This "two-fer" from the Collectables label includes 1973's You Are the Sunshine of My Life and 1975's Laughter in the Rain. The kitsch enthusiast or novelty seeker will get a lot of pleasure from Ray Conniff's You Are the Sunshine of My Life. Known primarily for orchestral versions of contemporary songs, his recordings during the late '60s and early '70s as the Ray Conniff Singers included many straightforward recordings of current pop hits. This collection contains some of Conniff's most jaw-dropping covers, including "Dueling Voices (Dueling Banjos)," which most will remember from the film Deliverance. If you "get" Ray Conniff and if you are adamant about the difference between him and Lawrence Welk, then this track will be your latest musical addiction. The title track is from Stevie Wonder's 1972 album Talking Book, and other tracks include "Tie a Yellow Ribbon 'Round the Old Oak Tree" popularized by Tony Orlando, Helen Reddy's "Peaceful," Roberta Flack's "Killing Me Softly," and Gladys Knight's "Neither One of Us." Another standout track is "Bah Bah Conniff Sprach (Zarathustra)"! This is a great easy listening pickup. The versions are slightly watered down and "safer," but more true to the originals than you'd expect. A cheerful artifact of the early '70s. Laughter in the Rain doesn't deviate too far from Sunshine's basic premise -- easy listening renditions of mellow gold hits like Gordon Lightfoot's "Sundown" and "Cat's in the Cradle" by Harry Chapin -- but it's just as entertaining and kitsch-worthy. Highlights include "Seasons in the Sun," a track better known by Terry Jacks and the Kingston Trio, which is given the smoothed-over Conniff Singers treatment, resulting in a tale of death that feels more like comfort food than it does a last meal, and Paul Anka's cringe-inducing "(You're) Having My Baby," which in the hands of Conniff sounds more like an outtake from Christopher Guest's folk revival parody A Mighty Wind. Laughter in the Rain is as dependable as the artist himself, a perfect example of a man who understood his place in popular music and executed it accordingly.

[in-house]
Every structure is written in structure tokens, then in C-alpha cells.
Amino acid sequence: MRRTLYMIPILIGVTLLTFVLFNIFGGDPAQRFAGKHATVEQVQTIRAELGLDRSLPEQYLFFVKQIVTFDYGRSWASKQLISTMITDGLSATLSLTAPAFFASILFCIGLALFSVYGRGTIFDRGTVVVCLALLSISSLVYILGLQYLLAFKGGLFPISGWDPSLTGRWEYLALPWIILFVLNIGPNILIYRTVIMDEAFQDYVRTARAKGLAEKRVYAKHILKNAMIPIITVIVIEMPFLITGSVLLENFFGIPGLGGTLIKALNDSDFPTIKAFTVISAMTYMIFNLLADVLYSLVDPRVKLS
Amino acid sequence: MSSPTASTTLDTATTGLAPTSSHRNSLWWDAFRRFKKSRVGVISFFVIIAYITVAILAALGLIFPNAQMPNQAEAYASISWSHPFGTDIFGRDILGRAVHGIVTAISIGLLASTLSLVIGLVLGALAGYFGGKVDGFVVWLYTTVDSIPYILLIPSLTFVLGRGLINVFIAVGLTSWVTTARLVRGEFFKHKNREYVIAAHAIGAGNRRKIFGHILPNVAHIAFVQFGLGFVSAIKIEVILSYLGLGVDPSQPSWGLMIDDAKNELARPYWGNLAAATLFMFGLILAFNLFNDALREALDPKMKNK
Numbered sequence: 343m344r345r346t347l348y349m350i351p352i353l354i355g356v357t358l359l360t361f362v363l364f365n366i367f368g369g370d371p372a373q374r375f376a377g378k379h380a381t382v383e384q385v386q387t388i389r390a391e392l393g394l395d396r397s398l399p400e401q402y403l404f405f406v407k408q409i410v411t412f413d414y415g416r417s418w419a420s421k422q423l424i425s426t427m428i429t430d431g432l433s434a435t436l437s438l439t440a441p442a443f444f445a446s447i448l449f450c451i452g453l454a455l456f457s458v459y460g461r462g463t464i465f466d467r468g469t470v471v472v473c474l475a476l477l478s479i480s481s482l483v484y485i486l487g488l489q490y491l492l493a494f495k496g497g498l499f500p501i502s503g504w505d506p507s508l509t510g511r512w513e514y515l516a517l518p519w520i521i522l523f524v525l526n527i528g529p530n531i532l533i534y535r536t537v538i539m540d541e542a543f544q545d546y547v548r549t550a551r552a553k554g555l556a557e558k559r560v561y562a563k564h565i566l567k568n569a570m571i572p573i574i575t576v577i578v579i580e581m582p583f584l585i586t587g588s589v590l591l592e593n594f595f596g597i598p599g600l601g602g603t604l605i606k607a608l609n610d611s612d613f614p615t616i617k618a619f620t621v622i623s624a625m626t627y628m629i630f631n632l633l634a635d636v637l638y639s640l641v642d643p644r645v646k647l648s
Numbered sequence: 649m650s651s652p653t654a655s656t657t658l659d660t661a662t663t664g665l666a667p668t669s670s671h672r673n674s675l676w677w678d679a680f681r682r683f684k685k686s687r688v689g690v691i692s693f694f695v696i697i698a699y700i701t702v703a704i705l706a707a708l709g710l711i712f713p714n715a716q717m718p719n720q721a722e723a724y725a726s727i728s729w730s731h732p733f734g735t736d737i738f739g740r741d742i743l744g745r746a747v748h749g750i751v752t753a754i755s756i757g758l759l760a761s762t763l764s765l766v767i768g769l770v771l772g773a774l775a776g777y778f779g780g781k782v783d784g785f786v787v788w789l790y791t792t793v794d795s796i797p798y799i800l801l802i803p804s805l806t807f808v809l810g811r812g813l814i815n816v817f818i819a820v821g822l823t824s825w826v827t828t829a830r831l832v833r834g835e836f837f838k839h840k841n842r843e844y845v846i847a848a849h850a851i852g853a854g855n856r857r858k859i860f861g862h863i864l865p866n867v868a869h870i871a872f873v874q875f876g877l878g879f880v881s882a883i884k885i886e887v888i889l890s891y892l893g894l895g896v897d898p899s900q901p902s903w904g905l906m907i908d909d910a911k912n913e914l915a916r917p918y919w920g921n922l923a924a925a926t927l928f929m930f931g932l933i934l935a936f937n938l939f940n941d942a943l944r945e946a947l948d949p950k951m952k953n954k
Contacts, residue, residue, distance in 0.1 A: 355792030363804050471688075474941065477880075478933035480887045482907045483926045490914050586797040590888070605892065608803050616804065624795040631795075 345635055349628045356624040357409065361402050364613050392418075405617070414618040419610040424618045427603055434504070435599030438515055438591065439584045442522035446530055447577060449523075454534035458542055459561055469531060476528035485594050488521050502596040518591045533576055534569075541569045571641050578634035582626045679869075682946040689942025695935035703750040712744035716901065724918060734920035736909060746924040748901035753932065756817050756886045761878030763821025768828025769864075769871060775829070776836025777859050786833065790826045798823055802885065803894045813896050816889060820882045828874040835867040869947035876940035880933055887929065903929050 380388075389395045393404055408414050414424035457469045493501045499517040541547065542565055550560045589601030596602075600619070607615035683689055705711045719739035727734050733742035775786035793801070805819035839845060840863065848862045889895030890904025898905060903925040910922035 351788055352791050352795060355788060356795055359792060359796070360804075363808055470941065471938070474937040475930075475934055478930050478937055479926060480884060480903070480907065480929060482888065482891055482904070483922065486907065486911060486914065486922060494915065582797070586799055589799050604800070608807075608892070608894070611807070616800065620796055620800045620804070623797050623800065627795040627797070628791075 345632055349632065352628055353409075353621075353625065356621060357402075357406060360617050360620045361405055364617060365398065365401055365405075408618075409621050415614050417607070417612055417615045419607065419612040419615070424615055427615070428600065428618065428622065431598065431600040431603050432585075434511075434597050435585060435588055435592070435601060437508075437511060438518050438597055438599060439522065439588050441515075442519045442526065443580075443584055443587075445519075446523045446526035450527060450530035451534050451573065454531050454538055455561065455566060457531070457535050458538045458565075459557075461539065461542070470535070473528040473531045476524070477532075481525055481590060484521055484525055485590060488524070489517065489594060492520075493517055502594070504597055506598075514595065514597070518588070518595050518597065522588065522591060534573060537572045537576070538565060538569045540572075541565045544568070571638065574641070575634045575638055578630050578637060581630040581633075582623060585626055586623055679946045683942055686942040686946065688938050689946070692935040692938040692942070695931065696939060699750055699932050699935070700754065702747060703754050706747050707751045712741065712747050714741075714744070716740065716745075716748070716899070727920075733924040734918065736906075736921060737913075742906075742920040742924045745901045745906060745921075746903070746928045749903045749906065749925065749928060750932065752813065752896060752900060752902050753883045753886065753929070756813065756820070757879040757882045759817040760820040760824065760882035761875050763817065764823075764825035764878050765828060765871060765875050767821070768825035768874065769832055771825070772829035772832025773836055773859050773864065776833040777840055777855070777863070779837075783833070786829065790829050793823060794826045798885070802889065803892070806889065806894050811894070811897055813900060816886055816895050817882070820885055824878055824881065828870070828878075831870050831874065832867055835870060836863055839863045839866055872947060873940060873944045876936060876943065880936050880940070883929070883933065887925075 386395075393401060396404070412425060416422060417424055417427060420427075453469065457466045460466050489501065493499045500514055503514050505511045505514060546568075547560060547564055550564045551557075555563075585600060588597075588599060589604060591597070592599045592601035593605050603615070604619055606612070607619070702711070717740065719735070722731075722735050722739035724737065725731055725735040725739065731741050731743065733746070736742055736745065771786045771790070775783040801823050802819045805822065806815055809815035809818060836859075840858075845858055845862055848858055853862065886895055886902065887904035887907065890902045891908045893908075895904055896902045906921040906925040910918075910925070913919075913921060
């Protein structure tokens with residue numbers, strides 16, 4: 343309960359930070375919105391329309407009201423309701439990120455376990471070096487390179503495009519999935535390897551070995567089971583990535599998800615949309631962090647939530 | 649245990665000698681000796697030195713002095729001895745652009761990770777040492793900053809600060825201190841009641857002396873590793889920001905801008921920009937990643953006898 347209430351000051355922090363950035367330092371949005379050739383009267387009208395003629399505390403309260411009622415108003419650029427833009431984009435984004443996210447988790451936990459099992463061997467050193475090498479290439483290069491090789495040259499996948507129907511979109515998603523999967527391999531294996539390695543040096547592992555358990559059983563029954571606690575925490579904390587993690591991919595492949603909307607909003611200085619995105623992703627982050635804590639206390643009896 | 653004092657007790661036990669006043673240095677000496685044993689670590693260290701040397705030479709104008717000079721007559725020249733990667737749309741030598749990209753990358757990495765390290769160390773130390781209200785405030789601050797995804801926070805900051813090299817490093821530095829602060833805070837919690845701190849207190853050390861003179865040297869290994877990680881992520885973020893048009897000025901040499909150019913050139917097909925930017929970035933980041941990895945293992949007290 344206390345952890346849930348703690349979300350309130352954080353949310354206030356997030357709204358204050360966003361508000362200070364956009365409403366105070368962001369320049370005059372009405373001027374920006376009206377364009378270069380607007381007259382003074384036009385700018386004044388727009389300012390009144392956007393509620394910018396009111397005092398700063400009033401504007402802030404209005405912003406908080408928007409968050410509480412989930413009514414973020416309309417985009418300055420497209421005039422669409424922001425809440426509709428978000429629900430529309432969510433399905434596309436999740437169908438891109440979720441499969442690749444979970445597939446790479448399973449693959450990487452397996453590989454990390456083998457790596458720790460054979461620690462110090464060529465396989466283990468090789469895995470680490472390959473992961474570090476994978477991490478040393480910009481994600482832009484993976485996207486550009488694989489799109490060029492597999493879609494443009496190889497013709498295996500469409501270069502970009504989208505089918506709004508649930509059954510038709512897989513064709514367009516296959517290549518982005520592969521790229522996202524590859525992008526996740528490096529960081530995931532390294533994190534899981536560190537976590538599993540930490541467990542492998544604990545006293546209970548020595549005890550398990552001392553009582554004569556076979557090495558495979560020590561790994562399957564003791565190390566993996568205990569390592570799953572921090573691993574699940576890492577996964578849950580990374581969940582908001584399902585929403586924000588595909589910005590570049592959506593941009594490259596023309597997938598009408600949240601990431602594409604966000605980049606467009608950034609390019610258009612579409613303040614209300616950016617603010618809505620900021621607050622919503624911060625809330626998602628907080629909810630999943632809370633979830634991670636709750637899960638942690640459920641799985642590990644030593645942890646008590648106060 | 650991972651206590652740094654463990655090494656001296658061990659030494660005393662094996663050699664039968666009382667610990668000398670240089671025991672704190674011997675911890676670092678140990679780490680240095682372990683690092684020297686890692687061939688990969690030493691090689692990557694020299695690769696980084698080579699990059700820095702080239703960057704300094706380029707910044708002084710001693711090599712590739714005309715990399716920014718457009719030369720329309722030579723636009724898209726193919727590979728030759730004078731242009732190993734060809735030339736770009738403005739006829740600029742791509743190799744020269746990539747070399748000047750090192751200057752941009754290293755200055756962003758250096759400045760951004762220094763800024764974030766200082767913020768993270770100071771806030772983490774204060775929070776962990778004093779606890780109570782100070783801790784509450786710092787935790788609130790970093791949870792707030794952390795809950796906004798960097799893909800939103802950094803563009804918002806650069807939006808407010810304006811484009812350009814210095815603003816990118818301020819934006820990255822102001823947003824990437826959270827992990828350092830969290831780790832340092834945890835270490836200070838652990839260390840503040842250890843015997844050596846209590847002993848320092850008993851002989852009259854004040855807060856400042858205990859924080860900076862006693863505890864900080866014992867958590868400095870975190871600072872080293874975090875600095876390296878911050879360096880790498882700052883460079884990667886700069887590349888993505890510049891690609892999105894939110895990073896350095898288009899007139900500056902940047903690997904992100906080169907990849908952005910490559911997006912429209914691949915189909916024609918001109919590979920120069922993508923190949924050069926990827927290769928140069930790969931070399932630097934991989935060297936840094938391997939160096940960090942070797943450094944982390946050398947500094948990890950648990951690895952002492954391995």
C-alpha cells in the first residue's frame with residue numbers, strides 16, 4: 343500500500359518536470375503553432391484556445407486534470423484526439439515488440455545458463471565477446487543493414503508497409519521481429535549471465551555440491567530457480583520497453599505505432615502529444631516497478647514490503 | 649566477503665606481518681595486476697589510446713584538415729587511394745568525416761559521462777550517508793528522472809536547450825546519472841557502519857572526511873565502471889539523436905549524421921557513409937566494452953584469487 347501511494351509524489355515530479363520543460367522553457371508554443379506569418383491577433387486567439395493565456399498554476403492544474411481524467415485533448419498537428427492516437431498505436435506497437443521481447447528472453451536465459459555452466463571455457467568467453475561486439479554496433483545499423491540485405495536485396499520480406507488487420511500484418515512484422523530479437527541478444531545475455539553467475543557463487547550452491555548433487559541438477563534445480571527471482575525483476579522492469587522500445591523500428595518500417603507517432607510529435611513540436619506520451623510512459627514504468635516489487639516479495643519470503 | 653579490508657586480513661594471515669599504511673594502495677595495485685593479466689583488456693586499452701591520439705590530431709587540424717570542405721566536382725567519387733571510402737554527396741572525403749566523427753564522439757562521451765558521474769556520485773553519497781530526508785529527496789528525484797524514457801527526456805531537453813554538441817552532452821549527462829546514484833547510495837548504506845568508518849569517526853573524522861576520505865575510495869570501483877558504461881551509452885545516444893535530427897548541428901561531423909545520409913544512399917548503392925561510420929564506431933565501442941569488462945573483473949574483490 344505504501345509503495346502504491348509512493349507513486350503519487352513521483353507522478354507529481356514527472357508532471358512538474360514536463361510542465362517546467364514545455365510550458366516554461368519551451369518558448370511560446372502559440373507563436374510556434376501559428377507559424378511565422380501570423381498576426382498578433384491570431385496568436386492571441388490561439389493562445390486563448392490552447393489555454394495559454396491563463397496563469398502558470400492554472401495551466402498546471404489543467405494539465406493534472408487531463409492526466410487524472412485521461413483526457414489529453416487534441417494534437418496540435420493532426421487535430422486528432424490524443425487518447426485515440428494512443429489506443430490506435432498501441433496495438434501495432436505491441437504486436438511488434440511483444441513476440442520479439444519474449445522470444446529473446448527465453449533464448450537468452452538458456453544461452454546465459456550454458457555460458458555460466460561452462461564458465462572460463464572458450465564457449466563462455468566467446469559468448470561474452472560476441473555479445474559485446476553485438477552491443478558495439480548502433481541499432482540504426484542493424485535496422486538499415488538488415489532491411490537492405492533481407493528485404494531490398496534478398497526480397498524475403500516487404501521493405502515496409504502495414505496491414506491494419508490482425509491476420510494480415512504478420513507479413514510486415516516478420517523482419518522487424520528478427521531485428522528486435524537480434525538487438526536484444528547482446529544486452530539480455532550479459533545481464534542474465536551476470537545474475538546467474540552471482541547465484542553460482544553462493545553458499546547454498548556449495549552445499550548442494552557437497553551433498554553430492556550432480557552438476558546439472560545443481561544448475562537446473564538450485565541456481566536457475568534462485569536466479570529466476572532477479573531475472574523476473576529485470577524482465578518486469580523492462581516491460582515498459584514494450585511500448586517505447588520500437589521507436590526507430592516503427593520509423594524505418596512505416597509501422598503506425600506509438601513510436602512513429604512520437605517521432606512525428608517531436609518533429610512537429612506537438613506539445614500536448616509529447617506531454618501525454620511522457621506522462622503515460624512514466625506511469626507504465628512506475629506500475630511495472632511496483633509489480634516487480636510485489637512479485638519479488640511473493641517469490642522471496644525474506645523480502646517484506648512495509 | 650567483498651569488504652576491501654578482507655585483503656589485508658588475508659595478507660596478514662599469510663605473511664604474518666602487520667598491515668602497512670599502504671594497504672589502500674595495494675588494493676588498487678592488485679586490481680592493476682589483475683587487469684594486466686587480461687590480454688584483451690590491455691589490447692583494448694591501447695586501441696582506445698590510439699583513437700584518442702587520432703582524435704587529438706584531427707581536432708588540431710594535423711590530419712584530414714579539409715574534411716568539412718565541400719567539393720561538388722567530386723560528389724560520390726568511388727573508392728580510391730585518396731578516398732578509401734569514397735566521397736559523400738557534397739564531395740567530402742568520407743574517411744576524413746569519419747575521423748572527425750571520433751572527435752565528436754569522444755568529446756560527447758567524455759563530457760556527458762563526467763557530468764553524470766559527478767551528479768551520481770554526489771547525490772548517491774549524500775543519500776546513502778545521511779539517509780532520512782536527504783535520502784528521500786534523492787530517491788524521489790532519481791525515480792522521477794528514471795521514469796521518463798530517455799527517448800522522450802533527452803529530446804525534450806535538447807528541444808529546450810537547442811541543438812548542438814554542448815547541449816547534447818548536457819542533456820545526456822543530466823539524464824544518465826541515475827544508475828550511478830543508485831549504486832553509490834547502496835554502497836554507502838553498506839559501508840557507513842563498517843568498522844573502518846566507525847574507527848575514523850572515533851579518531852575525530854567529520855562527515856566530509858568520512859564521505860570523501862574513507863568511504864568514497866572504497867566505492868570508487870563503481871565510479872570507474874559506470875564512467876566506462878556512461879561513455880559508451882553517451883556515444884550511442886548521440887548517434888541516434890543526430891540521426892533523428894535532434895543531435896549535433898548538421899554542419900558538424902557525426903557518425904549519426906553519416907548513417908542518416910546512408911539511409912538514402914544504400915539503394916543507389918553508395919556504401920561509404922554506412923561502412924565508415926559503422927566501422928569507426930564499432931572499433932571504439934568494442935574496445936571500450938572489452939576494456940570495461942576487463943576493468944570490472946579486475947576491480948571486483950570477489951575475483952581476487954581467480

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AllMusic Review by JT Griffith